the place to plug it into the semantics.

My suggested plug-in is, if a graph claims that ex:agent asserts foo, 
then provided that this graph can be securely traced to ex:agent, 
then indeed it is the case that foo is asserted by ex:agent. How to 
do the secure tracing, we leave for others to specify. Maybe a future 
TAG group will invent a way to do that, or something. At least we 
have focussed attention on what needs to be done (securely trace a 
graph to its web-agent 'owner').

The only real difference between us at this point is that you want 
the self-referring graph to be the anchor, and I want the reference 
to the agent by the agent to be the anchor. Your is easier to specify 
(now), but I think that this is misleading as its not really 
specified because 'publisher' of a graph isn't fully specified; and 
yours is more 'syntactic' since graph self-reference can be 
recognized easily. But I don't trust it; it seems ad-hoc; and mine 
doesn't involve any RDF syntactic or semantic tweaking. Also I don't 
like the way that yours depends so much on graph identity, which we 
havn't really yet thought through well enough to rely on to this 
extent, IMO.

>>>It's a little more complicated than an XML attribute, but has
>>>that great advantage of being immediately compatible with all
>>>RDF serializations
>>It might be syntactically compatible, but it plays hell with the 
>>semantics (though we could fudge round that in an acceptable way, 
>>to be honest).
>I had hoped so ;-)

Yeh, well, Im not so sure about that any more.

>>And it still requires that the published documents be edited:
>Not necessarily. Legacy RDF, and those not using the new machinery,
>can still be presumed to be asserted by agents -- with some agents
>simply being more picky/demanding and only accepting graphs using
>the new machinery.
>But true, if someone has a particular graph that they want to
>qualify with the new machinery, then they need to add the bootstrapping
>statements to the graph.
>But hey, that's not really such a big deal, since many/most graphs are
>"living documents" anyway.
>>whereas allowing A to assert B means that we can get existing 
>>graphs asserted without changing them at all.
>Yes, but IMO at far too high a cost, due to the potential confusion
>that can arise and extra work to resolve it when trying to chase down
>authentication/trust trails about which graph asserts which graph
>which the asserts another graph, etc.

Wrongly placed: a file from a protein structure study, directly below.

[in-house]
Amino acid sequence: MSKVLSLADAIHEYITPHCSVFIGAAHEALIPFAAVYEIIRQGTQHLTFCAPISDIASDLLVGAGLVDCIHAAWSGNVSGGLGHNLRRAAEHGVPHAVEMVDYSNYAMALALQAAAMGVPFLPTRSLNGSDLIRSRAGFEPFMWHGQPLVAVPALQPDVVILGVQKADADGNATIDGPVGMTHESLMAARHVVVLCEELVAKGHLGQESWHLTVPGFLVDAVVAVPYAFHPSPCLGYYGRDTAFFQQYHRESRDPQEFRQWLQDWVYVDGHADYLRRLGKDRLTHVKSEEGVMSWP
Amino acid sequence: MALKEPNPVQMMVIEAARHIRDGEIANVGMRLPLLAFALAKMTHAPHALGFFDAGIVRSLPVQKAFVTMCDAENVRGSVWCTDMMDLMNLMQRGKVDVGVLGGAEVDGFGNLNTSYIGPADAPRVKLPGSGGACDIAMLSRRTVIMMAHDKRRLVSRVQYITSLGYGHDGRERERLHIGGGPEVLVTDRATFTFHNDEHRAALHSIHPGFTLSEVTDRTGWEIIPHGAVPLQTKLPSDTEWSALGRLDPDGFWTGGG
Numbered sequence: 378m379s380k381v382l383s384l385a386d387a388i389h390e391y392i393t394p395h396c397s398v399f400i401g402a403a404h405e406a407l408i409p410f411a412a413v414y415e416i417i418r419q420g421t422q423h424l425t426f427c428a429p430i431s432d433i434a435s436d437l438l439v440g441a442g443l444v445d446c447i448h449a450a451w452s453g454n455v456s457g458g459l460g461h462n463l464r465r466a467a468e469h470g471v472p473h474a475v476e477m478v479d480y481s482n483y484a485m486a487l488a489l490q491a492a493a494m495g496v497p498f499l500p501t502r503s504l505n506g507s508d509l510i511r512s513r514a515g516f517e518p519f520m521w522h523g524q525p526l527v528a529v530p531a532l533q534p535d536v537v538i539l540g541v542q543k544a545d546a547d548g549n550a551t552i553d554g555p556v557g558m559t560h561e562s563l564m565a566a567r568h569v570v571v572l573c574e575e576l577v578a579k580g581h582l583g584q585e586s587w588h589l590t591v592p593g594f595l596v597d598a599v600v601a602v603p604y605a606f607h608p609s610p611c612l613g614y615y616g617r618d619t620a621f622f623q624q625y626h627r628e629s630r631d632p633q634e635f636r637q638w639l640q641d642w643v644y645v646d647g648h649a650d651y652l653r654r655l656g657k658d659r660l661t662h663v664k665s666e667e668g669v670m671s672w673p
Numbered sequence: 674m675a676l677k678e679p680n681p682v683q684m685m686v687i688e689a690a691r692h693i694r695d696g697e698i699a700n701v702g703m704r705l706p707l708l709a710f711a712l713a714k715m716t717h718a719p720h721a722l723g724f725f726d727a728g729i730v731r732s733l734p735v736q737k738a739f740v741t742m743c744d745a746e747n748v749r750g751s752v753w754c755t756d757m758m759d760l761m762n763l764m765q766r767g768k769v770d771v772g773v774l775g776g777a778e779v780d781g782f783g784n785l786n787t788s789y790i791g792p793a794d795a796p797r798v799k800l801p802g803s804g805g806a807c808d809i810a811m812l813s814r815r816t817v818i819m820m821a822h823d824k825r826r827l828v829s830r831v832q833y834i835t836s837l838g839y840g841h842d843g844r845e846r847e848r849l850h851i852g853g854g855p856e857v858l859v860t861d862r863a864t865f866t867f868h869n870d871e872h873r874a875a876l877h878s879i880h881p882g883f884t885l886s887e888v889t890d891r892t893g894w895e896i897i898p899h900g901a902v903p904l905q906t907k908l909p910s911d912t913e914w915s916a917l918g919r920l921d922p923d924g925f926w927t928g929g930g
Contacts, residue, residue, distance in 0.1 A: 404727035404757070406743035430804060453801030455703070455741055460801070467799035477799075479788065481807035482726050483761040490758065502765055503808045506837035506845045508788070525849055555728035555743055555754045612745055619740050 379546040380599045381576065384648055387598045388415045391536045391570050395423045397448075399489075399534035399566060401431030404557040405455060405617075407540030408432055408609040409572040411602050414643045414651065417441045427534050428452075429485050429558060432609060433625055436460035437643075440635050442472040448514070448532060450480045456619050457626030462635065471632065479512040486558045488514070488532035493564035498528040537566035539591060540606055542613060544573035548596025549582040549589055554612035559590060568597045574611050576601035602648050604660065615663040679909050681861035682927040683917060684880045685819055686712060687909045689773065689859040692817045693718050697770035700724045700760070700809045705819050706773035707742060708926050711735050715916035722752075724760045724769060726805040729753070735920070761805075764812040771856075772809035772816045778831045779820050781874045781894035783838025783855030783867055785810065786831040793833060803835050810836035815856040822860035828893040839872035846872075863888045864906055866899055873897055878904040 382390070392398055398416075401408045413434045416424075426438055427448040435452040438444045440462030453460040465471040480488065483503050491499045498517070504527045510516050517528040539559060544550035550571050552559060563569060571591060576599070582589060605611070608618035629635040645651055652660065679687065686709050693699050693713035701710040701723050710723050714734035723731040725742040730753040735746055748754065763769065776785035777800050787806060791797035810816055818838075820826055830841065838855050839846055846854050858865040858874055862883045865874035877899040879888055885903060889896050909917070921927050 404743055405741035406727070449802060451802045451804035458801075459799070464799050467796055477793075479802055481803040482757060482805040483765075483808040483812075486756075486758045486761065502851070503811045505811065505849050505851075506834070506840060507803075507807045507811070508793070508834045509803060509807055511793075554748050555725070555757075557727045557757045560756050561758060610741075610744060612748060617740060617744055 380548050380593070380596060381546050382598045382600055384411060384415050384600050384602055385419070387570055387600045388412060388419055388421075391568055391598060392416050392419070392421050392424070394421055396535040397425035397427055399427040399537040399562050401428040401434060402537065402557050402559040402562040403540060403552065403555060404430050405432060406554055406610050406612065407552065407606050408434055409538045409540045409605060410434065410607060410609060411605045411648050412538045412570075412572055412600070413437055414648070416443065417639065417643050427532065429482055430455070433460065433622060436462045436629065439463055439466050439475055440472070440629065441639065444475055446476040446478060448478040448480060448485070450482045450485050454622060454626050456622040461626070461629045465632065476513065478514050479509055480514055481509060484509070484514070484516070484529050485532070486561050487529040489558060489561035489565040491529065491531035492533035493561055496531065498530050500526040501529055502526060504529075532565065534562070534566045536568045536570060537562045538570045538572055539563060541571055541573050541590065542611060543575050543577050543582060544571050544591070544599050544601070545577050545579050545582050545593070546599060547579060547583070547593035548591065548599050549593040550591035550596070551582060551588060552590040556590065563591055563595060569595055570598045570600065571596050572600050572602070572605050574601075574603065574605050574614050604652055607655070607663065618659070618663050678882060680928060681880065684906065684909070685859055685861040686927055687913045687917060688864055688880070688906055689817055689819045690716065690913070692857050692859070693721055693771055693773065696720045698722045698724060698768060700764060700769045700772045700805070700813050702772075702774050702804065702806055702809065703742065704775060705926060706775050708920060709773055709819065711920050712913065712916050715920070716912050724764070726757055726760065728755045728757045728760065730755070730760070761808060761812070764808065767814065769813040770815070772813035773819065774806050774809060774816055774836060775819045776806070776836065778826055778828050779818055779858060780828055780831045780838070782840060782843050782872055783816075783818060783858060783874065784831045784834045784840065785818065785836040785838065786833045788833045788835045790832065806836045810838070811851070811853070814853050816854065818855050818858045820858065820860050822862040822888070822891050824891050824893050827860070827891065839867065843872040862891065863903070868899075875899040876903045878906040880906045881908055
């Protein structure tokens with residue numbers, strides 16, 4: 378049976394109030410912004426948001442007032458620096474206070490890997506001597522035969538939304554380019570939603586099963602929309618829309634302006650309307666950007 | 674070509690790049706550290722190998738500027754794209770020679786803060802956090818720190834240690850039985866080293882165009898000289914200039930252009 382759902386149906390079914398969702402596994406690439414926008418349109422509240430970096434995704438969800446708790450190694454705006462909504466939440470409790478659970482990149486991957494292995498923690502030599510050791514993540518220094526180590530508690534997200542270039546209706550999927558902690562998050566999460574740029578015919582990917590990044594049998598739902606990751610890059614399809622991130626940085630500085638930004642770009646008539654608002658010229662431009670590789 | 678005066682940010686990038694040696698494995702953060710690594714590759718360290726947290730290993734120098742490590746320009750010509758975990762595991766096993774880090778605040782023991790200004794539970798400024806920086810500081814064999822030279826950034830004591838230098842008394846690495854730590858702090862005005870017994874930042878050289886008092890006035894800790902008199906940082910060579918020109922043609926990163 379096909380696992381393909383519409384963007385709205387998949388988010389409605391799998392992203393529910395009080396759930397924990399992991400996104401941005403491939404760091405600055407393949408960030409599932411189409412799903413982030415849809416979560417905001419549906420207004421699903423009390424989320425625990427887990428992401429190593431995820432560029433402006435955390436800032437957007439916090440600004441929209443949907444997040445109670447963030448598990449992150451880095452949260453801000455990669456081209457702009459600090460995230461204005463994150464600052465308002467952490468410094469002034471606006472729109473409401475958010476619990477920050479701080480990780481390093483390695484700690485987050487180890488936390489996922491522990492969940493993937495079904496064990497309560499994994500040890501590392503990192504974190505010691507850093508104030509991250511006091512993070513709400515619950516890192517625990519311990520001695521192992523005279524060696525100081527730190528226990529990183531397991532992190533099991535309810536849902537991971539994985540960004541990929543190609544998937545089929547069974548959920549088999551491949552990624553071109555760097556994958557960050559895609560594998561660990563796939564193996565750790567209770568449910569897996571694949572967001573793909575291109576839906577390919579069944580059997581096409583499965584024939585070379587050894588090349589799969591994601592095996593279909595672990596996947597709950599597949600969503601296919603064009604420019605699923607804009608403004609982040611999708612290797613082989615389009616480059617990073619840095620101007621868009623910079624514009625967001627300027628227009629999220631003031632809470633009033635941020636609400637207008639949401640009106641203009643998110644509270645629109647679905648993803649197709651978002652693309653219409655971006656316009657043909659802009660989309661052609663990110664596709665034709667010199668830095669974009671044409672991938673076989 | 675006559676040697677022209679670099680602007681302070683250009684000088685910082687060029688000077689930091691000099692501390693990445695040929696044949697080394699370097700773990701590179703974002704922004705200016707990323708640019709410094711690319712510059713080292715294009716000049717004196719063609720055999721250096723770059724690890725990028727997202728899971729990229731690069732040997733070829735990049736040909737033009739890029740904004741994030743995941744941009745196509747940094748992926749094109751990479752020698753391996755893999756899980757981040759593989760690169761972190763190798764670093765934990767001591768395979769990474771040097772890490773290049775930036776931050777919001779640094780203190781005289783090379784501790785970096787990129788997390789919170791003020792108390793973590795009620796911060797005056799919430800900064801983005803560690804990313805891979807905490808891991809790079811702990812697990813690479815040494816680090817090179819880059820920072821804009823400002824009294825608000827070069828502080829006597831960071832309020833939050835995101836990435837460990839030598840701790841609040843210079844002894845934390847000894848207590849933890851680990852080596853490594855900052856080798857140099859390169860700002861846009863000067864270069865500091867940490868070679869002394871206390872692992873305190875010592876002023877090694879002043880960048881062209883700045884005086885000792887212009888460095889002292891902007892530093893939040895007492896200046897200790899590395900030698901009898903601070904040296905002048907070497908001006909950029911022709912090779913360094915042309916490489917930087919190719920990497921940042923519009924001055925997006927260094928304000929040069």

We can short this out by saying that assertion isn't transitive, 
which is intuitively correct in any case. Real trust engines will 
have to be able to root their assertion-confidence in some way, so as 
to be able to trace an ultimate agent.

>Agents will always have the liberty to disregard, or guess about,
>the intentions of the author of a graph, but I think it will be
>critical to maintain a clear distinction between the intentions
>of the author and the opinions or guesses of third parties.

Sure, we do this very simply, by having every description of agent 
actions referring to the agent.

>E.g. if I explicitly state that my graph is not asserted, and someone
>else says it is, and that results in my being sued for slander, I
>can simply say, sorry, I never asserted that. And the evidence
>regarding my original intent for the graph would be explicit and

Right, exactly: but how is that possible when the only connection 
between the graph and you is one of denotation? Anyone can refer to 

>Also, since RDF does not provide for the preservation of graph
>membership, such an approach would *require* that all RDF stores
>be updated to preserve such membership,

But that is completely unfeasible. We can't require this for the 
entire SWeb: it will never fly.

>otherwise the statements
>in one graph about another graph become useless. How can you
>know which statements are in graph A and thus asserted because
>of a statement in graph B when you don't anymore know which
>statements actually were in graph A or graph B?!

This problem arises because you have conflated 'asserted by' with 'in 
a (special kind of) graph'. Keep these ideas separate, and graphs are 
both more conventional and more use. The point of naming is to be 
able to CONVEY assertion from one graph (securely anchored and owned 
by an agent) to another (which only needs to be securely named, and 
URIs will probably suffice for this in all the cases except those 
where you need a lawyer present in any case.)

>With the bootstrapping vocabulary, having self qualifying graphs,
>agents can test assertion and authenticity prior to syndication
>into a traditional RDF triples store, and not worry about loss
>of graph distinction in later processing/reasoning.

But it requires the secure layer to use entirely different rules from 
the rest of the Web; whereas it seems to me that the great attraction 
of a naming scheme is that it allows the security of the trust layer 
to refer to the big scruffy Web, without sacrificing security. So it 
can provide a kind of trust-superstructure that gives an untrusted 
web a kind of checkable backbone.

>  It is thus,
>a more backwards compatible approach to bootstrapping the
>authentication and trust layers which can provide alot of utility
>even to agents that don't employ knowledge stores that preserve
>graph membership.
>Patrick Stickler
>Nokia, Finland

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Received on Thursday, 11 March 2004 15:00:25 UTC